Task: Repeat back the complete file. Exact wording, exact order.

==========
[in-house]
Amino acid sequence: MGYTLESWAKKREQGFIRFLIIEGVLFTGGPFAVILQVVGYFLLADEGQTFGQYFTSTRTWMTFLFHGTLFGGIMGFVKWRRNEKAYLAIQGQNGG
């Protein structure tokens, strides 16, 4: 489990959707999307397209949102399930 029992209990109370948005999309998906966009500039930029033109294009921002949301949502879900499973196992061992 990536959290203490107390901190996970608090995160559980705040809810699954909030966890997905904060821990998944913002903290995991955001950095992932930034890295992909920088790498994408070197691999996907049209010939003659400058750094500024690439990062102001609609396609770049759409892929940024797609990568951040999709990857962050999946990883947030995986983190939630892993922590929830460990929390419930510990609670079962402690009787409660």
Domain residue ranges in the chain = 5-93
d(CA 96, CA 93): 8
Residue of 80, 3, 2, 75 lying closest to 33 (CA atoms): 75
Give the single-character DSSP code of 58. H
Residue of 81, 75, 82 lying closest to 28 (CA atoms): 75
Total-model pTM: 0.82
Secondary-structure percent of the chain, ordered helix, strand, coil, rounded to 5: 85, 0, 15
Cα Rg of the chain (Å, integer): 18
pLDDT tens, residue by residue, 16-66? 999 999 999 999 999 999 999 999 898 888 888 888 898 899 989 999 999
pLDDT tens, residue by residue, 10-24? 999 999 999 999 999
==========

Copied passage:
[in-house]
Amino acid sequence: MGYTLESWAKKREQGFIRFLIIEGVLFTGGPFAVILQVVGYFLLADEGQTFGQYFTSTRTWMTFLFHGTLFGGIMGFVKWRRNEKAYLAIQGQNGG
């Protein structure tokens, strides 16, 4: 489990959707999307397209949102399930 029992209990109370948005999309998906966009500039930029033109294009921002949301949502879900499973196992061992 990536959290203490107390901190996970608090995160559980705040809810699954909030966890997905904060821990998944913002903290995991955001950095992932930034890295992909920088790498994408070197691999996907049209010939003659400058750094500024690439990062102001609609396609770049759409892929940024797609990568951040999709990857962050999946990883947030995986983190939630892993922590929830460990929390419930510990609670079962402690009787409660």
Domain residue ranges in the chain = 5-93
d(CA 96, CA 93): 8
Residue of 80, 3, 2, 75 lying closest to 33 (CA atoms): 75
Give the single-character DSSP code of 58. H
Residue of 81, 75, 82 lying closest to 28 (CA atoms): 75
Total-model pTM: 0.82
Secondary-structure percent of the chain, ordered helix, strand, coil, rounded to 5: 85, 0, 15
Cα Rg of the chain (Å, integer): 18
pLDDT tens, residue by residue, 16-66? 999 999 999 999 999 999 999 999 898 888 888 888 898 899 989 999 999
pLDDT tens, residue by residue, 10-24? 999 999 999 999 999